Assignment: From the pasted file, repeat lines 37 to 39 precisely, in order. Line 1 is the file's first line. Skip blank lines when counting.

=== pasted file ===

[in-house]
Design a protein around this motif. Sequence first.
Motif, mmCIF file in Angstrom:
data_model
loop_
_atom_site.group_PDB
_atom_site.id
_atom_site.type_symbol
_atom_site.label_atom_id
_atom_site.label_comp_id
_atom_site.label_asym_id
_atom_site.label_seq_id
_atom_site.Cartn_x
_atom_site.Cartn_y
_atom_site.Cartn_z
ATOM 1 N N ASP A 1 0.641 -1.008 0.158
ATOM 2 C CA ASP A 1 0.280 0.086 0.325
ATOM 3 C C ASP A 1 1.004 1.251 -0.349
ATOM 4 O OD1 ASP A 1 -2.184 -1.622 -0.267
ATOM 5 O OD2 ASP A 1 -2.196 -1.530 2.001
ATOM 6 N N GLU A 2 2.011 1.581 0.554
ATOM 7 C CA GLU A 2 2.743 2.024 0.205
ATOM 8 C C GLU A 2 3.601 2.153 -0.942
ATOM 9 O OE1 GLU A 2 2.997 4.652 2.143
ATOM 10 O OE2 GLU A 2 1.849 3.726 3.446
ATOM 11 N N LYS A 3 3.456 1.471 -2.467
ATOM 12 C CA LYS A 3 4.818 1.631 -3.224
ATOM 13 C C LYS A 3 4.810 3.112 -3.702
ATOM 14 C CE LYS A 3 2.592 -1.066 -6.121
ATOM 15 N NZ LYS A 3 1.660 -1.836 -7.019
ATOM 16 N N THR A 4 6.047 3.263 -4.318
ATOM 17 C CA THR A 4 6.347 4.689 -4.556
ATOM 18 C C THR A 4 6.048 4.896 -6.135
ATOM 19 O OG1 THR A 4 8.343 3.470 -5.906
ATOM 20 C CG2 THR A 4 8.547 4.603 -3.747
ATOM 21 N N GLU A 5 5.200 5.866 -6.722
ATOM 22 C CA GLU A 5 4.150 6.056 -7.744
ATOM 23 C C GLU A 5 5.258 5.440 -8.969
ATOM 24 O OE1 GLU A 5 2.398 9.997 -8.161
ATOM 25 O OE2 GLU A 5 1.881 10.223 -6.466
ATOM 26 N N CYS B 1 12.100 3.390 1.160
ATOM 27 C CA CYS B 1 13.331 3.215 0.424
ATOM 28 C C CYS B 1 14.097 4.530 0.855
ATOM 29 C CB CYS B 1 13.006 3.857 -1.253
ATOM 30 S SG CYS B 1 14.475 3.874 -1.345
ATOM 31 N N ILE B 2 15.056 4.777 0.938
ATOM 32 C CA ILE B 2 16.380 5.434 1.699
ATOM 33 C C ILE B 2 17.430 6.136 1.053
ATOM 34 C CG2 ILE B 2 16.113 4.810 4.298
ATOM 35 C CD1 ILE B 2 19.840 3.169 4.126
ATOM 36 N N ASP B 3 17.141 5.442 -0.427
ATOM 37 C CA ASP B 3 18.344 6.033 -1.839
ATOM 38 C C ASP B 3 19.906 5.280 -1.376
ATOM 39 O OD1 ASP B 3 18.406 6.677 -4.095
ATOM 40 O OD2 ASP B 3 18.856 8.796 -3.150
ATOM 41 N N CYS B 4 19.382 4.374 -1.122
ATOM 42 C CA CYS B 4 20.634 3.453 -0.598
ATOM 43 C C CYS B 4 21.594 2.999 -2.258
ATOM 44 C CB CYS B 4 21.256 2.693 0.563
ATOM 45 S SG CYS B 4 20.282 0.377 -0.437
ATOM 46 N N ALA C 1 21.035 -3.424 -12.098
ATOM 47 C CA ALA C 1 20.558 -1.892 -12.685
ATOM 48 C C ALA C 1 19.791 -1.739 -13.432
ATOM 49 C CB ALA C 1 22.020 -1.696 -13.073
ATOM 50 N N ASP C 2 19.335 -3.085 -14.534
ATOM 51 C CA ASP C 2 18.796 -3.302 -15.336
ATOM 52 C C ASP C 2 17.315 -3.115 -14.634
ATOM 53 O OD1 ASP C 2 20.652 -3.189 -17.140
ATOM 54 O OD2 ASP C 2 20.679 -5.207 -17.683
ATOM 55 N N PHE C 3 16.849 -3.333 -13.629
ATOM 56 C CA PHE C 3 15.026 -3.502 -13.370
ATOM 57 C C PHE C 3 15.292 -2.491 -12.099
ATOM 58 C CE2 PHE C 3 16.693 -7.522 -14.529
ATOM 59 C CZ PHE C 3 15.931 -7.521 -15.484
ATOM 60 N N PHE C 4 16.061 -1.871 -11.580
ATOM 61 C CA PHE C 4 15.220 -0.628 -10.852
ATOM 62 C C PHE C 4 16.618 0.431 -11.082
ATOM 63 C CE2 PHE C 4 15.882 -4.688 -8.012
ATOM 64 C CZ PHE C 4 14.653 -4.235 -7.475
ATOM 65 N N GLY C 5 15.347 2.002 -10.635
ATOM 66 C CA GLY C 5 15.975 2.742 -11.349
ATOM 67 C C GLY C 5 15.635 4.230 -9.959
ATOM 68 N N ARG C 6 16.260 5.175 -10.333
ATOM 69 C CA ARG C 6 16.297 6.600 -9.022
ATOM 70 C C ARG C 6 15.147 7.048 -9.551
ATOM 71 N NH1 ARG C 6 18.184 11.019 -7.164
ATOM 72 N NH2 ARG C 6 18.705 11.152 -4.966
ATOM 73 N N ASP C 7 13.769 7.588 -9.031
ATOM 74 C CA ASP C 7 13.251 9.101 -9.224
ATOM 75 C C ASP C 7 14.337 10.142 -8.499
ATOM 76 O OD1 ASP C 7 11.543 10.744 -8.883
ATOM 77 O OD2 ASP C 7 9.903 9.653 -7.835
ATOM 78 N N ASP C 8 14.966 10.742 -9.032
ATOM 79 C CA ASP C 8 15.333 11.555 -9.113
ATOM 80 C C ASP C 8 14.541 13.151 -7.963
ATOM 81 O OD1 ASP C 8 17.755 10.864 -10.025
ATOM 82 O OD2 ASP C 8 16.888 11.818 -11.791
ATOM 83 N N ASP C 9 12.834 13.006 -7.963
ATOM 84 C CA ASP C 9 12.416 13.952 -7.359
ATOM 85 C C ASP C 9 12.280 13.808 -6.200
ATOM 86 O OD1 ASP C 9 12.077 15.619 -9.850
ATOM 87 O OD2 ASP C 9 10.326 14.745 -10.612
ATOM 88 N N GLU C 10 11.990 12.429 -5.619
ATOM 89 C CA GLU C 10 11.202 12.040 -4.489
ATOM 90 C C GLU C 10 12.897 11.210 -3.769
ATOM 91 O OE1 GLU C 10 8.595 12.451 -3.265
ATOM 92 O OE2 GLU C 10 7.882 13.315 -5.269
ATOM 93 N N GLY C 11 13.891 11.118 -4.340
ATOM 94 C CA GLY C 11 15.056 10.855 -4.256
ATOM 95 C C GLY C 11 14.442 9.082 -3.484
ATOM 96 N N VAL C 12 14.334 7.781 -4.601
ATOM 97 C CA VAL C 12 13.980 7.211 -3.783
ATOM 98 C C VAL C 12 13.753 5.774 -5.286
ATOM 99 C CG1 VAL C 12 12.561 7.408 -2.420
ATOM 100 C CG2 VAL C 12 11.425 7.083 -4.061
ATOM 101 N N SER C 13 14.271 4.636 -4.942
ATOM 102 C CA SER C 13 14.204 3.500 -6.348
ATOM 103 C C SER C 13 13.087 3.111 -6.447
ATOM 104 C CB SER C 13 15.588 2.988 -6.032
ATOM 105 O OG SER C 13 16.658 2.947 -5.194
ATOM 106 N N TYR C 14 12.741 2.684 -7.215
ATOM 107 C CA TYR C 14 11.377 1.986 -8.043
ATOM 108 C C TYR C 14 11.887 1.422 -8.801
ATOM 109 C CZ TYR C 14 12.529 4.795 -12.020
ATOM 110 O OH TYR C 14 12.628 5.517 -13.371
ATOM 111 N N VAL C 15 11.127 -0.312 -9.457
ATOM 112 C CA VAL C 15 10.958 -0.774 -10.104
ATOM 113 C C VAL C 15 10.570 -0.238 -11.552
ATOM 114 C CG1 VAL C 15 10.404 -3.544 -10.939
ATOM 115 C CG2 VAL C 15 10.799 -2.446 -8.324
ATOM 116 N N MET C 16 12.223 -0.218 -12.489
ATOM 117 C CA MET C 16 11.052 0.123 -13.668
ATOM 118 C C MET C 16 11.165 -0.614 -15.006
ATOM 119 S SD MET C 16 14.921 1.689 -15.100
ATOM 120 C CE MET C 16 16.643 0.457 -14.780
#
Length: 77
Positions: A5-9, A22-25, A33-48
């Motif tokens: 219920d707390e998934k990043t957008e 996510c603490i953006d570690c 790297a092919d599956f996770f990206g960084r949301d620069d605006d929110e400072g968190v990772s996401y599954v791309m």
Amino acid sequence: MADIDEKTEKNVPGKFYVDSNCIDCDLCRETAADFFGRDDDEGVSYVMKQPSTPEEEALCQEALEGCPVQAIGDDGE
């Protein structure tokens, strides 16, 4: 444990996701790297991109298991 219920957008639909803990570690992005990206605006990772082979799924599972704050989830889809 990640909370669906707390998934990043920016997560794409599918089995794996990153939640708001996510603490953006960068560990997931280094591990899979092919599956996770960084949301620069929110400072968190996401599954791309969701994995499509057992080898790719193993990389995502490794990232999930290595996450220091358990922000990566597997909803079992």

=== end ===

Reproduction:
ATOM 22 C CA GLU A 5 4.150 6.056 -7.744
ATOM 23 C C GLU A 5 5.258 5.440 -8.969
ATOM 24 O OE1 GLU A 5 2.398 9.997 -8.161